By APCNewsPublished on
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For years, Telecomunicaciones Indígenas Comunitarias A.C. (TIC AC), Mexico's fourth largest cell phone operator, has been fighting to provide telecommunications services to the most disadvantaged people in Mexico, specifically the 18 Indigenous communities that form part of it. Now TIC AC, backed by Rhizomatica and Redes por la Diversidad, Equidad y Sustentabilidad A.C., organisations that help communities build and manage their own low-cost, open-source communications infrastructure, is celebrating a historic victory: exemption from paying fees for the use of radio spectrum.
Since 2016, when they won their first radio spectrum concession, these non-profit organisations have faced various obstacles as well as discrimination. "Had it not been for the tenacity they have shown in court, the process would not have resulted in this victory," says Carlos Rey-Moreno, local access policy and regulation coordinator for APC’s community networks project. "There were moments that seemed insurmountable, such as when the Federal Telecommunications Institute asked TIC to pay for the use of radio spectrum."
TIC brought a legal challenge against the fee charged by the Institute. On 13 January 2021, the Supreme Court ruled in favour of the communities, in a unanimous decision that they would be exempt from such charges.
The result of years of community struggle
"The Mexican Constitution grants Indigenous peoples and communities spaces to engage in dialogue that allows them to avoid cultural assimilation and to internally debate their own processes of representation," says Erick Huerta, Rhizomatica's institutional relations coordinator, in conversation with APC, in the midst of celebrating the victory. "As part of this principle, the state must create conditions that allow communities to acquire and manage their own media outlets.”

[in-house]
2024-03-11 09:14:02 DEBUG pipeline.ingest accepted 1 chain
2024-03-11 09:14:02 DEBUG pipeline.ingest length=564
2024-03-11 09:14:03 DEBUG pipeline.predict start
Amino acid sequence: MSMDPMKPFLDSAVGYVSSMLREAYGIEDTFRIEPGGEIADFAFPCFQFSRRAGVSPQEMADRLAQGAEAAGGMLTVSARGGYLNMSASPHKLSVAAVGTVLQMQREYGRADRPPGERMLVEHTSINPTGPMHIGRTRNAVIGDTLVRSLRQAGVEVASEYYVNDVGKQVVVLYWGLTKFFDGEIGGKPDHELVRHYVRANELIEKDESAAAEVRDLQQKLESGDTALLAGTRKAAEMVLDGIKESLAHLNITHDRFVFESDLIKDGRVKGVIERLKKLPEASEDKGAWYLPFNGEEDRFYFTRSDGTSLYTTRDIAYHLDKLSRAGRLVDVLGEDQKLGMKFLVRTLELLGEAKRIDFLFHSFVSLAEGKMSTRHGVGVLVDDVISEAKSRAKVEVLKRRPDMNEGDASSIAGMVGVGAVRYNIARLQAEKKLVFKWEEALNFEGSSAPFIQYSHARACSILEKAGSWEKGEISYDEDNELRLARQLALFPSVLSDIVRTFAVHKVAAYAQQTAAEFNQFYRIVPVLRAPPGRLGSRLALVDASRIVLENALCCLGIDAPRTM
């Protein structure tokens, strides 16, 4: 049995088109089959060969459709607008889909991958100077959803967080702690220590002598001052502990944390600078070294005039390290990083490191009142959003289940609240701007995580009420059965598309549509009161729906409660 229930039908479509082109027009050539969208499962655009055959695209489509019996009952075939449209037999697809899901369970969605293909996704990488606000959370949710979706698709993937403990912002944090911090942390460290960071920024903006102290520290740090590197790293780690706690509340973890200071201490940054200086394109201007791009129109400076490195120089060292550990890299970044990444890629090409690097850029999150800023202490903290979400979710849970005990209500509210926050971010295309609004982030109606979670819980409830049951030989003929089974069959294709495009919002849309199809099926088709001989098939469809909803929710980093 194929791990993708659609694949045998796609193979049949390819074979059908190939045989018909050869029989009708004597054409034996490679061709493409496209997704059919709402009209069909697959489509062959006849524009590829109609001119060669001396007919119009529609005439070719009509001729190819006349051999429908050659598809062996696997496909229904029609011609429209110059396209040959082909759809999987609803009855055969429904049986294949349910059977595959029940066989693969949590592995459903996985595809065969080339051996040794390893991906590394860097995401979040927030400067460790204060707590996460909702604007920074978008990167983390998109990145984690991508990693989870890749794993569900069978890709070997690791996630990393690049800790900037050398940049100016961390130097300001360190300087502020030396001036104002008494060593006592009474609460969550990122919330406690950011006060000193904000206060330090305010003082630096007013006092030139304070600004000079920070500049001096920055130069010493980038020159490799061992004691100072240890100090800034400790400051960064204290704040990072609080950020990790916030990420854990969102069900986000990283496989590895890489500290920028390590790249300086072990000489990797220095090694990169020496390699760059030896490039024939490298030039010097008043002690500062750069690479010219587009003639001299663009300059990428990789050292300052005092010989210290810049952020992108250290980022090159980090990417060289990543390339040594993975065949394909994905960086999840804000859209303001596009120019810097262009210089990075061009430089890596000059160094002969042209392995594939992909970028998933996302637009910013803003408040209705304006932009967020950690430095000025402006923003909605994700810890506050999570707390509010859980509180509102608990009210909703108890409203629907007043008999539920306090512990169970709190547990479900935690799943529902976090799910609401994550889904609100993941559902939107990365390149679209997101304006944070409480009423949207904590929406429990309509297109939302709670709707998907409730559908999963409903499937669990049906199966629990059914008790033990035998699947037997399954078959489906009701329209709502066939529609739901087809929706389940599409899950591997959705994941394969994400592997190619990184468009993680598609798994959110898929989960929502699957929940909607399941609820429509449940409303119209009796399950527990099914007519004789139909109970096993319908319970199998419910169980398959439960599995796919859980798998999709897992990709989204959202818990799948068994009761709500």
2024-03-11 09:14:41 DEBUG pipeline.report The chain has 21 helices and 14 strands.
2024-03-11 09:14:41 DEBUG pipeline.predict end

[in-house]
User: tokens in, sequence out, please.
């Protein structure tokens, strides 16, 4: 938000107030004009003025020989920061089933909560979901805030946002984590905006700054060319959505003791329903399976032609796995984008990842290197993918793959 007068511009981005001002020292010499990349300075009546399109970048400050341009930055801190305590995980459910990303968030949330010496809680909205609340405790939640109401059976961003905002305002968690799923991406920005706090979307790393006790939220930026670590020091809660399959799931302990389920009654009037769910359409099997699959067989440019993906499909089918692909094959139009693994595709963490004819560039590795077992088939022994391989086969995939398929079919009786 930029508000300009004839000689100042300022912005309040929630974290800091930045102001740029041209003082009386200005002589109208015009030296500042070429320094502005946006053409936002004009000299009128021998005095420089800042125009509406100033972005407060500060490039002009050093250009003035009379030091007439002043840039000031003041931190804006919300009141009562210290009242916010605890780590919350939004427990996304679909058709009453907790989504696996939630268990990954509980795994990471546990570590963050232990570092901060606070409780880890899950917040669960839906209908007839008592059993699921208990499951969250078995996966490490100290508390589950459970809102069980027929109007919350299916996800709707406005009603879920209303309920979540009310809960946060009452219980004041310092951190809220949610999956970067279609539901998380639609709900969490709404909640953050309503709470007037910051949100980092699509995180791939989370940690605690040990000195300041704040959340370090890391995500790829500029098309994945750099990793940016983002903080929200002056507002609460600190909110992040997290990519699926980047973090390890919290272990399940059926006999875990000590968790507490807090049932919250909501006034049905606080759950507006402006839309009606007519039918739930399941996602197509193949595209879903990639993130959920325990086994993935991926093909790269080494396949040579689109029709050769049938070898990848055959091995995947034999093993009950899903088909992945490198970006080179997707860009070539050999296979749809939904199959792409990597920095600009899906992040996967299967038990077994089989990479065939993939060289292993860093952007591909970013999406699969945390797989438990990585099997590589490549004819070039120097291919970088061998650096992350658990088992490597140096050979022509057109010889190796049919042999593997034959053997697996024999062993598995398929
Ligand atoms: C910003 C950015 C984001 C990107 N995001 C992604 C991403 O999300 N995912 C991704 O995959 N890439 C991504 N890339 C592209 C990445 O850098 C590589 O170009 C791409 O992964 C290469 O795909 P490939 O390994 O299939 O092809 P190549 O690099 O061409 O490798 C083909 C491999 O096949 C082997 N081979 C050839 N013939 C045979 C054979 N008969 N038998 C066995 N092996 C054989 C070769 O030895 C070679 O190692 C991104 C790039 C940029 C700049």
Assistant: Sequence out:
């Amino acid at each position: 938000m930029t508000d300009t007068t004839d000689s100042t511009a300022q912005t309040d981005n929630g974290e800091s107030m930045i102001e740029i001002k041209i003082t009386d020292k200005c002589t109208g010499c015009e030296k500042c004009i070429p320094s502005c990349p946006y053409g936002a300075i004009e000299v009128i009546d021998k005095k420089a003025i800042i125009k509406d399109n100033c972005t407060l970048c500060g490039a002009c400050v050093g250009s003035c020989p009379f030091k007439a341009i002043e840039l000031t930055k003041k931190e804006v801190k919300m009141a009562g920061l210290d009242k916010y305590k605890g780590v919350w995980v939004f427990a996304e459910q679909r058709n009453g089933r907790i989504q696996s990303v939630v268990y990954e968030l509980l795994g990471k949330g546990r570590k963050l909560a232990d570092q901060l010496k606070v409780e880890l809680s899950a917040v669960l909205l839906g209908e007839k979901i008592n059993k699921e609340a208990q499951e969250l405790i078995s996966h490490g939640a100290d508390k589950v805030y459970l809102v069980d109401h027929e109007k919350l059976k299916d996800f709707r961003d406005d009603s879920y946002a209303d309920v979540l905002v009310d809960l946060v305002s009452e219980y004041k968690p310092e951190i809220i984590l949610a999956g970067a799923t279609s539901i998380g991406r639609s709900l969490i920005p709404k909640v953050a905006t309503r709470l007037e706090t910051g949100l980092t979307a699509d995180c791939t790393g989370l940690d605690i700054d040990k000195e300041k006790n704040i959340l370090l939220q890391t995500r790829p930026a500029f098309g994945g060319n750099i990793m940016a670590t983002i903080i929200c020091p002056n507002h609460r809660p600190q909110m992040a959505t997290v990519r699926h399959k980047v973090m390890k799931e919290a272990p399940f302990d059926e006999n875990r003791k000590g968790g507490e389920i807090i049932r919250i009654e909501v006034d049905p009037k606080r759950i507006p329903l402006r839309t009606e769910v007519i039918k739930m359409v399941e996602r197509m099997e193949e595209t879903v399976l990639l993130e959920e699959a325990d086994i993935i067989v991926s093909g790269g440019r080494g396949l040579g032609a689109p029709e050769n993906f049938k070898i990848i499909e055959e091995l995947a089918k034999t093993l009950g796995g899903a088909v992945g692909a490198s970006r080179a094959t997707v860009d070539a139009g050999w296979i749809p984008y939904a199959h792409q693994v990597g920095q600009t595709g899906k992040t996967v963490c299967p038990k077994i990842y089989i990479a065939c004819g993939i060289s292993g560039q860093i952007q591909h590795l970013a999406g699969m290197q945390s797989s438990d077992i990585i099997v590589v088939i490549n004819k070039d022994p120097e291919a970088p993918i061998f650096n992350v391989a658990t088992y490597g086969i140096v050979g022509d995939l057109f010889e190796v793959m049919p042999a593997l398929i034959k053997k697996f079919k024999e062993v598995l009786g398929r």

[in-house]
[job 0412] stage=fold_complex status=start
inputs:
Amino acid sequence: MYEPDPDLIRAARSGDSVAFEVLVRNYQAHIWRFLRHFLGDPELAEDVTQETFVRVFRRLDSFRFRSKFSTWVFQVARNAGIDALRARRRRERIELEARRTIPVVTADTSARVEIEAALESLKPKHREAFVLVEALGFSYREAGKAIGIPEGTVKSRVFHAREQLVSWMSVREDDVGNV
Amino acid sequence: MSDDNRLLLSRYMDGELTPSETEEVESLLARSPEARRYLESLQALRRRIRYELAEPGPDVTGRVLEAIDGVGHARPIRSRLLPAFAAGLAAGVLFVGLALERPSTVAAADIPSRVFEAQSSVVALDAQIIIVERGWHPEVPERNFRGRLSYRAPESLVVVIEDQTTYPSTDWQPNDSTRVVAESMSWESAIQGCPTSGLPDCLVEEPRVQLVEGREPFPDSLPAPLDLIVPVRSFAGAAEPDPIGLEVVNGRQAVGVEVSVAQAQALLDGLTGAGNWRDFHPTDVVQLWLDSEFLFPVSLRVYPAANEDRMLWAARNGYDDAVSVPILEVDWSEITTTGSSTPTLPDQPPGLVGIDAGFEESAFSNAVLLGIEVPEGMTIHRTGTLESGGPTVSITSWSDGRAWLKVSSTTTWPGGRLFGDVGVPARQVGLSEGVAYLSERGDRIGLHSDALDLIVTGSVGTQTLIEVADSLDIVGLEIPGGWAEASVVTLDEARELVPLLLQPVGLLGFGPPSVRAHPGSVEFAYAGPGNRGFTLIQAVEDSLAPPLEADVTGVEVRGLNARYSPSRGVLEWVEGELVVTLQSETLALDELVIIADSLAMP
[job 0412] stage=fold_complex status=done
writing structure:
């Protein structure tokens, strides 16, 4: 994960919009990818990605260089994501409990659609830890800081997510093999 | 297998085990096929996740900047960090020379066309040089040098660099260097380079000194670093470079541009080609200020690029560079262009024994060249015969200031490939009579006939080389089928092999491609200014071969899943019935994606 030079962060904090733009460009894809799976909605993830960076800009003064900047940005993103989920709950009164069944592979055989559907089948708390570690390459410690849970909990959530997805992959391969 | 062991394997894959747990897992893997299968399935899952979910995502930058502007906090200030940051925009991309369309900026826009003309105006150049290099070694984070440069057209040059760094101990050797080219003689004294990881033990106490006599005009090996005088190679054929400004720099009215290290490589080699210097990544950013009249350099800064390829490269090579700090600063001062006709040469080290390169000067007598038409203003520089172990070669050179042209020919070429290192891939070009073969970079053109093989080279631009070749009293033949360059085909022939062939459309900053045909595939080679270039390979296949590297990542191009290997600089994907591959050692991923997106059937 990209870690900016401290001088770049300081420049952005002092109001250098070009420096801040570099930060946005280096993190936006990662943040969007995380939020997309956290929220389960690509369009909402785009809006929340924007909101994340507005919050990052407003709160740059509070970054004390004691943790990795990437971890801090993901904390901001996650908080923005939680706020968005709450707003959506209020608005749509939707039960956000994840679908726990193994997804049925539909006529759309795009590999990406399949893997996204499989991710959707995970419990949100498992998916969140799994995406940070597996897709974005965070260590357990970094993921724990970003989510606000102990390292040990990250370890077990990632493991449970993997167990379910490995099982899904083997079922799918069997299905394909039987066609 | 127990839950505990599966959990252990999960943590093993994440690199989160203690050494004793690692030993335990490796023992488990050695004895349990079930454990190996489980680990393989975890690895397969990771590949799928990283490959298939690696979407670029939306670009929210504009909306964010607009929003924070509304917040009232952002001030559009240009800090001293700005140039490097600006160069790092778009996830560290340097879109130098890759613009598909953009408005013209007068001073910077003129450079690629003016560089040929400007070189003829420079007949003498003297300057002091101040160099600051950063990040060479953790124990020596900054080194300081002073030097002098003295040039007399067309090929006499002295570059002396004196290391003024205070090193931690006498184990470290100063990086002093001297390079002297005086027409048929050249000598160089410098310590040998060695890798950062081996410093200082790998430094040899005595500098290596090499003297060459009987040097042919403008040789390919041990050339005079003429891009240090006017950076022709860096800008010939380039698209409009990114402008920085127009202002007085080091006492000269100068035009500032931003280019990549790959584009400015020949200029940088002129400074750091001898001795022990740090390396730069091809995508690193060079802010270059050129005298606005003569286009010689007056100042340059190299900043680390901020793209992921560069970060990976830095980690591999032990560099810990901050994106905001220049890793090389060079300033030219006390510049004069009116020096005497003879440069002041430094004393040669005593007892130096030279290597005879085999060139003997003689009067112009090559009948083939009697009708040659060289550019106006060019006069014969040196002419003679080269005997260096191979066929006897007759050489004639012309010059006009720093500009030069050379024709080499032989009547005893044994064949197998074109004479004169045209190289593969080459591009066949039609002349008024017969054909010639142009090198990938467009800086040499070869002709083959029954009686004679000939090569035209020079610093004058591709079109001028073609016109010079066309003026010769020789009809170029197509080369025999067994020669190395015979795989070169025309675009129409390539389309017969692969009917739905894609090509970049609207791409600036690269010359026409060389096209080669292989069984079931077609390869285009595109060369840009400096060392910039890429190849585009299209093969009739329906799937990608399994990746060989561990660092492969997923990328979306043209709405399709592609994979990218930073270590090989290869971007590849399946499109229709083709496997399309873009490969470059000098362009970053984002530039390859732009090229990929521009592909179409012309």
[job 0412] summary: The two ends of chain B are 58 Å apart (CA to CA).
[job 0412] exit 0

When asked about his initial reaction to the ruling, Huerta underscores the sense of relief he feels after years of bureaucratic struggles and the satisfaction of seeing in the sentence precepts that are the result of the battle that has been fought by the communities, especially through community radio stations. "This is an affirmative action for the benefit of Indigenous peoples and communities, historically discriminated against and violated, and at the same time it sets a legal precedent. From now on, all regulations that pose obstacles in this regard will have to be reviewed," he says.
In the words of Valeria Betancourt, director of APC's Communications and Information Policy Programme, the verdict reinforces the idea that technology must contribute to significantly improving people's lives, and therefore must be approached through the lens of social, economic and cultural exclusion and inequality. "Only in this way is it possible to underpin the capacity of communities to self-manage the need to communicate, be informed and self-determine the way they use and inhabit digital spaces and technologies," she says.
In this victory against exclusion and in favour of equity, Huerta points out the central role of the communities themselves. "We are part of a movement of Indigenous communicators that has been working tirelessly for years, day after day. We owe this triumph to the communities themselves, to the Indigenous peoples who, with great tenacity and different strategies and tools, have not stopped fighting for the recognition of their rights."